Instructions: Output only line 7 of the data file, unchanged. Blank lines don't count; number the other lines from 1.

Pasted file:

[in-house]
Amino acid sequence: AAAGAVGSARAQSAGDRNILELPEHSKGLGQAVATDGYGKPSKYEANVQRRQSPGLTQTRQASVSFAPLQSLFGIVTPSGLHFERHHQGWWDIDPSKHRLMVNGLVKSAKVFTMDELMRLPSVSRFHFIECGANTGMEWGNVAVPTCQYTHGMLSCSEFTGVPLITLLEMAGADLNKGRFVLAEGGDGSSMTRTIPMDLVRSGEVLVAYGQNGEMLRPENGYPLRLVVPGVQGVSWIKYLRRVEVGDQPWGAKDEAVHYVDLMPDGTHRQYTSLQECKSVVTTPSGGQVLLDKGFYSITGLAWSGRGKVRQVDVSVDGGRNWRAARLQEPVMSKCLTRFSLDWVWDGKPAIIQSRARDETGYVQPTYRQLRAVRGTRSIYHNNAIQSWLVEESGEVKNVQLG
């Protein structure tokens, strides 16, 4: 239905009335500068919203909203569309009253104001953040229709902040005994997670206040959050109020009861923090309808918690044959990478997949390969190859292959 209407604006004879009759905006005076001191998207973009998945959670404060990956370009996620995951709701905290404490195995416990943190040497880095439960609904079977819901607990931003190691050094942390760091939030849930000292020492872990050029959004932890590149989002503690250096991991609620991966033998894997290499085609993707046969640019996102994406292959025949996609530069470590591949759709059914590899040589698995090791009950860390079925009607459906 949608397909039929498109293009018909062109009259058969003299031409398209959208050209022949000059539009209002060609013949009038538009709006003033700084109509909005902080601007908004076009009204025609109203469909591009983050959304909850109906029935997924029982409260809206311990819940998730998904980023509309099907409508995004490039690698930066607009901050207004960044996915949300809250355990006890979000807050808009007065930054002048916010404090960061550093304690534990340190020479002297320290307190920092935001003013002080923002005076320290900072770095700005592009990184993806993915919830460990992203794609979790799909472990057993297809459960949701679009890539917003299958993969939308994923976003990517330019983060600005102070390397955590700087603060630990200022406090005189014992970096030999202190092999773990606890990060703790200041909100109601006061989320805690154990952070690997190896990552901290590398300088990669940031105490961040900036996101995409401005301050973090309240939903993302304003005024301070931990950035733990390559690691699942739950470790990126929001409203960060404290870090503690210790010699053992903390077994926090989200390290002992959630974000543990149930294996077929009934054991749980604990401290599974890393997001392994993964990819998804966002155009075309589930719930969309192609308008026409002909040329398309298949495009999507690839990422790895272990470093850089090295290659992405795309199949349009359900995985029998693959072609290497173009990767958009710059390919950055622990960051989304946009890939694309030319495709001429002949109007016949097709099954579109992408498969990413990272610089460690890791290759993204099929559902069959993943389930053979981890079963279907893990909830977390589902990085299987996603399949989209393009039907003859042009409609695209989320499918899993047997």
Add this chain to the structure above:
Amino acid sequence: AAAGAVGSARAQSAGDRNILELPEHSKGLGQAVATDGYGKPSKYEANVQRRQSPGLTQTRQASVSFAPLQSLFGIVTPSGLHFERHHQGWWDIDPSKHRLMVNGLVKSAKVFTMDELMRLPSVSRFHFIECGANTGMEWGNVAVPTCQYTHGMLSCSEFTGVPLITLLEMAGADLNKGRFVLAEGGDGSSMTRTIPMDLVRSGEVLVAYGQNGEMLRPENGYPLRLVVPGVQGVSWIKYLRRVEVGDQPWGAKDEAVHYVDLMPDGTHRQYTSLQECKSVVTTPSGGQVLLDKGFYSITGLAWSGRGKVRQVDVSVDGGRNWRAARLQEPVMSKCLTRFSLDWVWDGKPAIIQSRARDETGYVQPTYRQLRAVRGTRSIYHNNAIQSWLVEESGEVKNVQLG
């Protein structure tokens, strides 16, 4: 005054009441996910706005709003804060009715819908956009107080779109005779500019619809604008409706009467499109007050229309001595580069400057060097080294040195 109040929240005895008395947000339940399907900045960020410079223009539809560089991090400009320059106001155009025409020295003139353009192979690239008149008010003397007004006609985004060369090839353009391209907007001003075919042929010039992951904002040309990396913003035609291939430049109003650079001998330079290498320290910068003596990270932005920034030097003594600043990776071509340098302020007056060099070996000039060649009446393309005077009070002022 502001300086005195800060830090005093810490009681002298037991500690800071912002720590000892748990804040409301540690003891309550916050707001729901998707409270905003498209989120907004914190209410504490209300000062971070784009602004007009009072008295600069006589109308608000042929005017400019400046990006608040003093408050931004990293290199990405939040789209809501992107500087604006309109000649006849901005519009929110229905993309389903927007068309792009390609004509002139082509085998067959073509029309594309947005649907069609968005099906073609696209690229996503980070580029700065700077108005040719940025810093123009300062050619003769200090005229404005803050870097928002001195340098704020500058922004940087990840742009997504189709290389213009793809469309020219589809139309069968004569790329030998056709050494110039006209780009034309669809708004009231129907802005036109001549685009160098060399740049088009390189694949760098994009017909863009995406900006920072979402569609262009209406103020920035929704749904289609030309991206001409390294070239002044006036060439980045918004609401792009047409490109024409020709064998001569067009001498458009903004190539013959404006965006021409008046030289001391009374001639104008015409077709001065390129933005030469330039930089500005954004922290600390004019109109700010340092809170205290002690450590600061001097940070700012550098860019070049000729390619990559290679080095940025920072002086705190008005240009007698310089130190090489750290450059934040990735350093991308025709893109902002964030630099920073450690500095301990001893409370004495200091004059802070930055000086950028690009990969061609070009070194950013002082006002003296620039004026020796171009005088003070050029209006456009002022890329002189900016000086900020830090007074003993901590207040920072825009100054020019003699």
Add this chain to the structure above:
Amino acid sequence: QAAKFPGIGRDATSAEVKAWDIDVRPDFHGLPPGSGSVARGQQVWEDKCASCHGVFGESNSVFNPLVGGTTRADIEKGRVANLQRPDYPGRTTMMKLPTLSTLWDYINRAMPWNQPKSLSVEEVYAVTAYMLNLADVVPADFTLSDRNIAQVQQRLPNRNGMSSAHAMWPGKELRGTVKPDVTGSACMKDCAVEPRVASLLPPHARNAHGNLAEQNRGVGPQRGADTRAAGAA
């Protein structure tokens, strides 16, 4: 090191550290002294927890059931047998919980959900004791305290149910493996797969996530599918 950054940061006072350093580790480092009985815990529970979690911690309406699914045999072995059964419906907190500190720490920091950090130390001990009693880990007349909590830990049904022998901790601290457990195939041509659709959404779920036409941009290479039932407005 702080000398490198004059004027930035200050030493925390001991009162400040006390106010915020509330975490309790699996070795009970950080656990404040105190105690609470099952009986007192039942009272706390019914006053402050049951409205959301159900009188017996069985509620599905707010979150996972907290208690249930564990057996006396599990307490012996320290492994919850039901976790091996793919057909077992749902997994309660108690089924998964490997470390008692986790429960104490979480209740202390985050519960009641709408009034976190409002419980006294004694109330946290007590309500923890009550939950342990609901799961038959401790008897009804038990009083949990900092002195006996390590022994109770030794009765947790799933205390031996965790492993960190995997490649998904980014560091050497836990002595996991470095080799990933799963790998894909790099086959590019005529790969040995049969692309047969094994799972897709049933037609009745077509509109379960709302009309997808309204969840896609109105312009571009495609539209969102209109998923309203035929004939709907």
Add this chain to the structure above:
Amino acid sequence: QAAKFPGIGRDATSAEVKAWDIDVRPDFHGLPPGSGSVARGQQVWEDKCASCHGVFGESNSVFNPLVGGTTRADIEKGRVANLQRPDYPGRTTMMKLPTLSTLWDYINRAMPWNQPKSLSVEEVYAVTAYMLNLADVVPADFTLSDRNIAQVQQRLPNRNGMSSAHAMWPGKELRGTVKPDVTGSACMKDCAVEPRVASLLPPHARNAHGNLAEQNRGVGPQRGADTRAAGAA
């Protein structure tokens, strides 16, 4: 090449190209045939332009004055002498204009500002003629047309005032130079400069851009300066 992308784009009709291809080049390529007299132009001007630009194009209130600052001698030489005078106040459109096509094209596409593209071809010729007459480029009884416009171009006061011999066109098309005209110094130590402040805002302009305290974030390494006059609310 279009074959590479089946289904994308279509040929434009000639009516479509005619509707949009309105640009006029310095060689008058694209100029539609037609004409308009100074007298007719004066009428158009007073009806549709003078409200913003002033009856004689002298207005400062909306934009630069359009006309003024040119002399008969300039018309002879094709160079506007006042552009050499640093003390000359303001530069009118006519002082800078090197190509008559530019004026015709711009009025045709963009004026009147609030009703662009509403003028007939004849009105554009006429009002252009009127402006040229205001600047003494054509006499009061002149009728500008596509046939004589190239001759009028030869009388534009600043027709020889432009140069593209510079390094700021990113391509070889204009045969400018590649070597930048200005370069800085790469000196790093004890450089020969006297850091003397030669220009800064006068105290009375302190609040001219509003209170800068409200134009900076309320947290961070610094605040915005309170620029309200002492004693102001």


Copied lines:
Add this chain to the structure above: